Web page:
But those days at the shop sounded like something out of a import tuner’s dream come true.
“[I] started off mainly helping out with easy jobs like oil changes and ordering parts. Eighty to 90 percent of the work was regular maintenance jobs,” he described. “As I gained knowledge and skill, I gradually moved on to more difficult jobs. As time progressed, we started doing a lot of engine swaps, a lot of AE86 Corollas with superchargers and five-valve swaps, as well as SR20DET swaps into S13s and S14s.”
It wasn’t just customer cars, either. They were building race cars, too—at a pace that sounds as though there was no tomorrow, stuffing powerful motors into cars and hiring famous Japanese pro drivers to send them sideways.
“As for the shop vehicles, we were mainly running the orange S13 ‘Twins,’” Yoshida recounted. The “Twins” were a set of candy-colored, drift-tuned Nissan 180SXs, although “actually there were three” he laughed.
“For many people in the U.S., seeing the Twins was their first time watching drifting. The S13s got minor updates along the way and were driven by various drivers like Fumiaki Komatsu, Bai Kazuya and the late Atsushi Kuroi. Drifting was in its infancy in the U.S. and Signal played a major part in bringing the trend over.”
Even by 2003, the sport was still just getting off the ground when it landed a feature in Wired, one of the earliest mainstream American publications do to so. It took an unsurprising tone of explaining drifting as if the reader had never heard of it before.
But that was fine. Drifting was picking up more steam by the week and the optimism of a newfound motorsport gave everything a breathless, exhilarated feel. There was plenty of time for builds and ample places to go fast.
Yoshida said he helped Signal enter its Nissan S15 at the Bonneville Top Speed Week, one of the last places you’d expect to find an imported car from Japan. There, classic American nostalgia runs rampant. What wasn’t some kind of muscle car or truck was a belly tanker out of WWII surplus.
Regardless, Signal’s car still ran a very impressive 194.72 mph.
“The first engine wasn’t producing power and so we had to switch engines on the salt,” recalled Yoshida. “One of the other workers had to drive overnight to deliver a part [because] we [didn’t have a] spare. All this was a lot of hard work, but [it was] fun and memorable.”
After that, “We built the 350Z and G35, both with SR20DET. Not so much because the VQ engines were bad, but we were already so familiar with the SR20 and also [wanted] to promote our ability to do the swaps. By this time I was heavily involved in swaps and fabrication. We helped Chris Forsberg with his first 350Z.”
That’s Chris Forsberg, the most successful American driver in professional drifting, with three Formula Drift titles to his name. Somehow it was Signal that was always there, at the right time, at the start of it all, laying the foundation.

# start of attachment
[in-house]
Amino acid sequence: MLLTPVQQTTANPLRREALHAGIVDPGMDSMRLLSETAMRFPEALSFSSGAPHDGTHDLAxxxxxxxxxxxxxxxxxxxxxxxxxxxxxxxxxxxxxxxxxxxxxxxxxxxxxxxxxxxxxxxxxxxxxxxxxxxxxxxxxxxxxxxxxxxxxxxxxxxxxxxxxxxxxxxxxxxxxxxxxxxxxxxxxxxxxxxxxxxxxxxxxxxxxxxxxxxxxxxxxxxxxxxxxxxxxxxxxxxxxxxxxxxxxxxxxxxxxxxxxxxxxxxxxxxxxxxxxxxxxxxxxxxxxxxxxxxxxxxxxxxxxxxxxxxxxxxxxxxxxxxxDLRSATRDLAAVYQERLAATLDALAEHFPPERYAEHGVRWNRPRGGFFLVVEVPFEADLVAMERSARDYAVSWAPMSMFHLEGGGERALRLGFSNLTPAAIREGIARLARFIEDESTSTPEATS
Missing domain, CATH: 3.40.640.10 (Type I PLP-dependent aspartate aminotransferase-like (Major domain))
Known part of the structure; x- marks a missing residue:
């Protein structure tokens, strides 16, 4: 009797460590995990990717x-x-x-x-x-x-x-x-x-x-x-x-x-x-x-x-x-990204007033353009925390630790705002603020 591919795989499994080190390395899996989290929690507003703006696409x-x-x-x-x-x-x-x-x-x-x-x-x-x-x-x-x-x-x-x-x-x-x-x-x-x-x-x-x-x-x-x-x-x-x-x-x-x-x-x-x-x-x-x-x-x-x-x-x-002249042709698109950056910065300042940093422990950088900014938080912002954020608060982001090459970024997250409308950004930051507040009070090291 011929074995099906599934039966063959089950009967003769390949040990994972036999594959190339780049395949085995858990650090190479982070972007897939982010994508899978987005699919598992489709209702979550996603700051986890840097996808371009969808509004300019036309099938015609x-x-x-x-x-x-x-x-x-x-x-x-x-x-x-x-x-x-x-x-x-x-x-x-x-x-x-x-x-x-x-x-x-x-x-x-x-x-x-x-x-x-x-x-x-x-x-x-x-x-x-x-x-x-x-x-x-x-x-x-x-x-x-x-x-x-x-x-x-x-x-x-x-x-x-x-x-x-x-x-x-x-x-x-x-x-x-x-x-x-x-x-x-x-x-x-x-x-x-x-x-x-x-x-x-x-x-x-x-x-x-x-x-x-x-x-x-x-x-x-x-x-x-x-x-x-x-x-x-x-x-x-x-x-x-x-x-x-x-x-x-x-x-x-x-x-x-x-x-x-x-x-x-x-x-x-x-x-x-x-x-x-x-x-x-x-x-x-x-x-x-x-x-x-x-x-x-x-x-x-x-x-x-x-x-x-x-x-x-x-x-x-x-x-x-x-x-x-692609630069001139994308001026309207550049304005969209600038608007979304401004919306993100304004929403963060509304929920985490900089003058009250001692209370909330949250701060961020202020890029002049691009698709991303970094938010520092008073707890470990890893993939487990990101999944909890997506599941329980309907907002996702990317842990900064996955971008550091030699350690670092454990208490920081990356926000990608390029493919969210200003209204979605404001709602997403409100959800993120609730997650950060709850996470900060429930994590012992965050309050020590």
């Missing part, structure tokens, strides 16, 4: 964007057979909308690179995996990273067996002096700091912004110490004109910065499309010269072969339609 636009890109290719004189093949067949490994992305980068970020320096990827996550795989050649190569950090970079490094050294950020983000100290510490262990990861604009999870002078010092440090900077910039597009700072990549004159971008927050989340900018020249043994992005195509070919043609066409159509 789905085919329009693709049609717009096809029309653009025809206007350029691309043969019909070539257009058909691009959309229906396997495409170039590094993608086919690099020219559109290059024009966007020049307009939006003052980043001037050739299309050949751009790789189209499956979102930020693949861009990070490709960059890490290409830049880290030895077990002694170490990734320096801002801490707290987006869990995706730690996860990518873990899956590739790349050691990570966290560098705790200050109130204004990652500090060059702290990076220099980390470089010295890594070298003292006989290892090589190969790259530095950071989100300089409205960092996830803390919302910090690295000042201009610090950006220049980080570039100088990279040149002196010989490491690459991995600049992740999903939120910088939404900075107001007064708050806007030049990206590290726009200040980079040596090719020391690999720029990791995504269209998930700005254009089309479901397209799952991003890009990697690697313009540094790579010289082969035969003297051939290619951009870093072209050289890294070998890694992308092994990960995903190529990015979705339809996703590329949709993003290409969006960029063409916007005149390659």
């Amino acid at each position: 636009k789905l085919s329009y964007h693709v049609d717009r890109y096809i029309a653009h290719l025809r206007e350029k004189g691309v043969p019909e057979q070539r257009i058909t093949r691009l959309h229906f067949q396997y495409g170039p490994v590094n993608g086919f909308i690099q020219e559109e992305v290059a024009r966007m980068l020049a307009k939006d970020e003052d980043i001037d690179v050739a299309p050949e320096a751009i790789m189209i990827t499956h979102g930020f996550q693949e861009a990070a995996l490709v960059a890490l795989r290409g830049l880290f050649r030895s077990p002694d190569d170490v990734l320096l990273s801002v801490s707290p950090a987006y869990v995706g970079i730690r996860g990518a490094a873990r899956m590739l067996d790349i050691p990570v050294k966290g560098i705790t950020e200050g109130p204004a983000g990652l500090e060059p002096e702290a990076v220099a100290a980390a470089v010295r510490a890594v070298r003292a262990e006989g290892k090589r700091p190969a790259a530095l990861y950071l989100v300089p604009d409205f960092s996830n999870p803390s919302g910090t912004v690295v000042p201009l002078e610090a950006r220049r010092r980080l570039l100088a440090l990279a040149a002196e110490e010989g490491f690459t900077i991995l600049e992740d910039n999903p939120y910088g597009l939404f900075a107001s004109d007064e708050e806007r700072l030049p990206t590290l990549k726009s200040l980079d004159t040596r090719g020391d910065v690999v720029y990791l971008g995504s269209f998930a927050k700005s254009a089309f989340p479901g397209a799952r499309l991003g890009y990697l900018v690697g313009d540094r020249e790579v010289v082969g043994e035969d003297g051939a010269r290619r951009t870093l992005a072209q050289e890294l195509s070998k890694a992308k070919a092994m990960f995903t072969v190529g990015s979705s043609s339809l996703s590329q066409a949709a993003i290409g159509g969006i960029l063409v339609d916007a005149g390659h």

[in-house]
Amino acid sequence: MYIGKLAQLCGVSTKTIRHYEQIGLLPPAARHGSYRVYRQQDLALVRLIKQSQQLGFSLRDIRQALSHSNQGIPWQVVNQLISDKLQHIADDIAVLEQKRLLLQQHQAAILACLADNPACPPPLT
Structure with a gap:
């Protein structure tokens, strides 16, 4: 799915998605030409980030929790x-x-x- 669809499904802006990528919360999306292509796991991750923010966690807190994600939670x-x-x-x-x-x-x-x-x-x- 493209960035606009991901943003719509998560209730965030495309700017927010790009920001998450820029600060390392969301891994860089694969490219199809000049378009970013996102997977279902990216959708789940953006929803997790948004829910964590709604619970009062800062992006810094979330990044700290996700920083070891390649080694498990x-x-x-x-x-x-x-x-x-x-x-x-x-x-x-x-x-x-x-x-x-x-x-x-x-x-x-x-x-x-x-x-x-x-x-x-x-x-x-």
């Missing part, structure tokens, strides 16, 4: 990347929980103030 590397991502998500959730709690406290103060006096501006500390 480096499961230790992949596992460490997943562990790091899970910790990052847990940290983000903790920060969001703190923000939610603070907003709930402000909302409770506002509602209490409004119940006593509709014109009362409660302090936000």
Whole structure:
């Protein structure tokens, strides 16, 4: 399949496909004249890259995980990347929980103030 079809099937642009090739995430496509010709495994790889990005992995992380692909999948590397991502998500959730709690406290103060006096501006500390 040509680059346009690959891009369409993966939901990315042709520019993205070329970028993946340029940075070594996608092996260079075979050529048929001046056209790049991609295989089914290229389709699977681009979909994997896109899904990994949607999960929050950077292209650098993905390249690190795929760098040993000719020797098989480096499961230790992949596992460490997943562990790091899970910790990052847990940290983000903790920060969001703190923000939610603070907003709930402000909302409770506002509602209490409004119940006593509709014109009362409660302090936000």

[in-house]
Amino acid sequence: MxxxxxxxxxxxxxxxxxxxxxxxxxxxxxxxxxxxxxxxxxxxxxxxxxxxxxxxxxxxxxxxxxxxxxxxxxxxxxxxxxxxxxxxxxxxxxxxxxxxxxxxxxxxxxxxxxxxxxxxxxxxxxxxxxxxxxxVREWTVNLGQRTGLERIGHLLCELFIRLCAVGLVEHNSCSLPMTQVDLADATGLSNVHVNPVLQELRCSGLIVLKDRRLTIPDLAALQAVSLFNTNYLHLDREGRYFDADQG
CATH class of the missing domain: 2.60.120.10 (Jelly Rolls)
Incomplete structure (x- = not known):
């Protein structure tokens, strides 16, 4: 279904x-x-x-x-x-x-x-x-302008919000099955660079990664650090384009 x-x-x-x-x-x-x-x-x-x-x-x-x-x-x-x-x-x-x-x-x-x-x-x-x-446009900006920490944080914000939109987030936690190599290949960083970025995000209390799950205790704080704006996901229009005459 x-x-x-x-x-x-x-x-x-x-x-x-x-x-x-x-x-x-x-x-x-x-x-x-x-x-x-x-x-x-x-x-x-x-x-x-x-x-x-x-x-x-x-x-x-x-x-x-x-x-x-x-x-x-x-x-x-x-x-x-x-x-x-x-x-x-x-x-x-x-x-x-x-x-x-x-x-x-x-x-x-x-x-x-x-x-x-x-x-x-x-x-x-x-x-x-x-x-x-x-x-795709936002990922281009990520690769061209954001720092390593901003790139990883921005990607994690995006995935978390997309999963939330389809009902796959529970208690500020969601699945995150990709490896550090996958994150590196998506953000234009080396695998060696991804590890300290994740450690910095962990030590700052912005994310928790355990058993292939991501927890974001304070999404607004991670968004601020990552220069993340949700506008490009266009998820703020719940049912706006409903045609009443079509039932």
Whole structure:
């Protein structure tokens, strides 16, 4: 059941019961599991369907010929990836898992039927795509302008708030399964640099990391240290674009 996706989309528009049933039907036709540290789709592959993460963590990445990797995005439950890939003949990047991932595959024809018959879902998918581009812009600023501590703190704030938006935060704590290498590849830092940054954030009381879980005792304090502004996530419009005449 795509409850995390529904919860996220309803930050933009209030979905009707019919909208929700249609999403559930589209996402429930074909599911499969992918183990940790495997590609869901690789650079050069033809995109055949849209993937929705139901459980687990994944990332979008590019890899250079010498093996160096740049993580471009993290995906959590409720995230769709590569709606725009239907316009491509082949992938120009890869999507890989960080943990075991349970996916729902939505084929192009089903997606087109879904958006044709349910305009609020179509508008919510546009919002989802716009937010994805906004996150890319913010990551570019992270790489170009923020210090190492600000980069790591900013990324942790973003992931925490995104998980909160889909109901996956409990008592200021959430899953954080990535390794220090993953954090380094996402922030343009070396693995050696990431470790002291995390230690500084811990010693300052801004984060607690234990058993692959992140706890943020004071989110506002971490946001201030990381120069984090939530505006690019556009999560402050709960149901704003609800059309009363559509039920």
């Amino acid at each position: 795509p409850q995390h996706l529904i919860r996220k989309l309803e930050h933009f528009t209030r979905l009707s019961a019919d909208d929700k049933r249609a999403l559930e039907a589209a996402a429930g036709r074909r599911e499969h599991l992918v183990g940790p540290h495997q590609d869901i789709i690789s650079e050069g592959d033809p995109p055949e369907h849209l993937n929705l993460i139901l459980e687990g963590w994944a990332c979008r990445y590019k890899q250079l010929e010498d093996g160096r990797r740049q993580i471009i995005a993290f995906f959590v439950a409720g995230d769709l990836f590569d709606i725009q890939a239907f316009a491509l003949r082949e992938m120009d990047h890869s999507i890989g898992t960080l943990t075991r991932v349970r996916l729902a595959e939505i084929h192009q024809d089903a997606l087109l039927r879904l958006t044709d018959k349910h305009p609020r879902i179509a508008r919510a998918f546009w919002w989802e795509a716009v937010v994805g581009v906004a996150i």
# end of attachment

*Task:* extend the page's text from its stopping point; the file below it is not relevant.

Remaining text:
But perhaps the most well-known car that Signal has built is its R34 Nissan Skyline GT-R. An Everest shimmering in a coat of iridescent Maziora Andromeda paint, the R34 started out in the days before big-money professional drifting as a drag car in Japan with over 1,000 horsepower. It gained notoriety there as one of the few GT-Rs that not only pulled off nine-second quarter-mile runs on radial tires, but even managed to fly into the eight-second range. With a rear-drive conversion.
The car’s performance was enough to catapult it into fame, but it was also shrouded in a sense of theater that immediately grabbed your attention, something that not all of the other Japanese tuners of the day could boast.
“The Signal R34 is, without a doubt, the best-presented drag car we have ever seen,” remarked the narrator from an old High Performance Imports episode from 2001, now on YouTube. “It looks more like a show car than a nine-second drag car. Even the inside has been painted to show standards.”
In the clip, you can see two Signal employees painstakingly polishing the car’s engine bay. Would that polish help it run faster? Not really, but you could tell Signal took a certain amount of pride in showcasing its cars. It was that same dedication to aesthetics that attracted fans like Howard Lim in the first place
After a stint of winning drag races, the R34 was retuned for the circuit and time attack competitions as those came on trend. Signal was limber enough to make the transition, and it had built a car good enough to carry it there.
Finally, it “found its way to the U.S. and was converted to [a] drift [setup],” according to Yoshida. Seven-hundred and fifty horsepower. A 2.8-liter Tomei kit. Alcon brakes. An HKS turbo. These are the objects that those who still have issues of Super Street in their attics fantasized about. The Signal Auto R34 had them all, each a talisman of a different age, when tuner dreams emptied bank accounts across the country.
Fans remember seeing it splayed across the glossy pages of import tuner magazines. Its mods list alone was something to behold. A Speedhunters video from 2008 brings us back to the R34's days of sideways tire-shredding at Formula Drift competitions—and with Kida himself excitedly walking viewers through the car. He’s a long way from 1977 in that video, but he still eagerly points to each tuned part.
It even had a cameo appearance in Fast and Furious: Tokyo Drift. Once that happened, you knew that Signal Auto had made it in the eyes of the American car community.
At its peak, Signal Auto USA enjoyed a bustling shop, a loyal and enthusiastic fan base, prominent optics in an exciting and new motorsports series and waves of love and adoration from the publications.
It wasn’t to last.
The Great Recession hit the auto industry harder than others, but it wasn’t just the big American automakers that suffered. With the economy the way it was between 2007 and 2009, people simply didn’t have the money for discretionary purchases like car mods. Tuning shops suffered. Signal Auto was one of them.
“After the peak of the industry, maybe [from] 2003 to 2004-ish,” Howard Lim said, “the quick contraction caused many of the high-end tuners to close their doors. The market wasn’t willing to pay for their services and many competitors [had] stepped in as well.”